The rainy, foggy days, brought on by El Nino weather patterns, have caused the spread of a fungal disease which is causing Florida’s oranges to drop from the trees prematurely. The fungal disease, PFD, or post bloom fruit drop is affecting all types of orange trees statewide.

Bryan Beer is a fifth generation orange grower in Southwest Florida. At one of the groves he manages in Hendry County, Beer said he’s heard “horror stories” about PFD from growers.

“This disease has just annihilated their whole crop for next year that they won’t even have anything to pick,” said Beer. “And you can see how bad it is on just this one tree.”

Beer grabbed an orange tree branch and pointed to what’s called a “button.” When the orange falls off, it leaves what the fruit would normally be attached to. He said it’s a sign the tree is in trouble.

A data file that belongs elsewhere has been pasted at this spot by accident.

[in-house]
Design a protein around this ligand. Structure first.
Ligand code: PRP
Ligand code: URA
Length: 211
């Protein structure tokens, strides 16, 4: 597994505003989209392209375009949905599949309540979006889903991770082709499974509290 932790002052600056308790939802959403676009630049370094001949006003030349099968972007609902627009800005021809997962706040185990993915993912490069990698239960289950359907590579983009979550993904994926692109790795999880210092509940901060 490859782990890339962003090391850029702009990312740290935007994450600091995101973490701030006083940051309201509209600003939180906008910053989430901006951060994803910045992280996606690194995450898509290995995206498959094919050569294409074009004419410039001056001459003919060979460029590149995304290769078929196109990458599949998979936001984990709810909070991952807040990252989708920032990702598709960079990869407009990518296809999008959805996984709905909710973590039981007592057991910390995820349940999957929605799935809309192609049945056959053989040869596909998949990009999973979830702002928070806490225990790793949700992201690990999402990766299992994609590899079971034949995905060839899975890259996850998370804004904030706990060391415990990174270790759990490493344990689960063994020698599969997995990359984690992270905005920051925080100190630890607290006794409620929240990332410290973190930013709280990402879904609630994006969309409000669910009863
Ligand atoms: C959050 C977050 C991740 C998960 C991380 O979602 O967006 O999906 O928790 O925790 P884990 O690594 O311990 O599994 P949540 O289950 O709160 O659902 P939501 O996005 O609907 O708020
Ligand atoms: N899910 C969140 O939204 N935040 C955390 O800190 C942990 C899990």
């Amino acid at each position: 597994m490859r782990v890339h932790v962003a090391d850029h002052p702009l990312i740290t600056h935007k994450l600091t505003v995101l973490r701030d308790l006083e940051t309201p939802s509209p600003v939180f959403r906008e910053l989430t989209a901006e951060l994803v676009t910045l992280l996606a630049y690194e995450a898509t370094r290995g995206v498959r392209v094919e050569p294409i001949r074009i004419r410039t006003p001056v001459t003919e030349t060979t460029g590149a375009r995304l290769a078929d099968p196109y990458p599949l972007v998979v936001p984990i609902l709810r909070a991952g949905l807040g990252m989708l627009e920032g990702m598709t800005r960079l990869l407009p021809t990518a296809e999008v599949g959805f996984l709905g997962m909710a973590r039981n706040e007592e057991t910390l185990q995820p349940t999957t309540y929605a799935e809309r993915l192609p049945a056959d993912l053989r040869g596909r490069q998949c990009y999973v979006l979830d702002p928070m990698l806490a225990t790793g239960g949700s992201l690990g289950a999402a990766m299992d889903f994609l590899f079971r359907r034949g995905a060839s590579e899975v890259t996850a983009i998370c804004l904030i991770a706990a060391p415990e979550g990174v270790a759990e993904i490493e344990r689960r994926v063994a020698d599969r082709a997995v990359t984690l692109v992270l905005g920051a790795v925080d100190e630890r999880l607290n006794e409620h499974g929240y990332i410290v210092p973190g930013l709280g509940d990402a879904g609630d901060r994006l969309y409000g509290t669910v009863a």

University of Florida researcher Megan Dewdney has studied citrus trees for nearly a decade. She said there’s a combination of factors contributing to the current fungal spread in Florida.

For one, the orange trees are already stressed from battling the citrus greening disease, so they’re blooming at odd times. And then El Niño brought more rain than normal for winter. Dewdney said the unusual blooms plus unusual rains allowed the fungus to thrive.

Dewdney said this is a widespread problem throughout the state. But she said we won’t know the extent of crops lost until the summer.

Local grower Bryan Beer said he thinks it’s going to be “very, very, very bad.”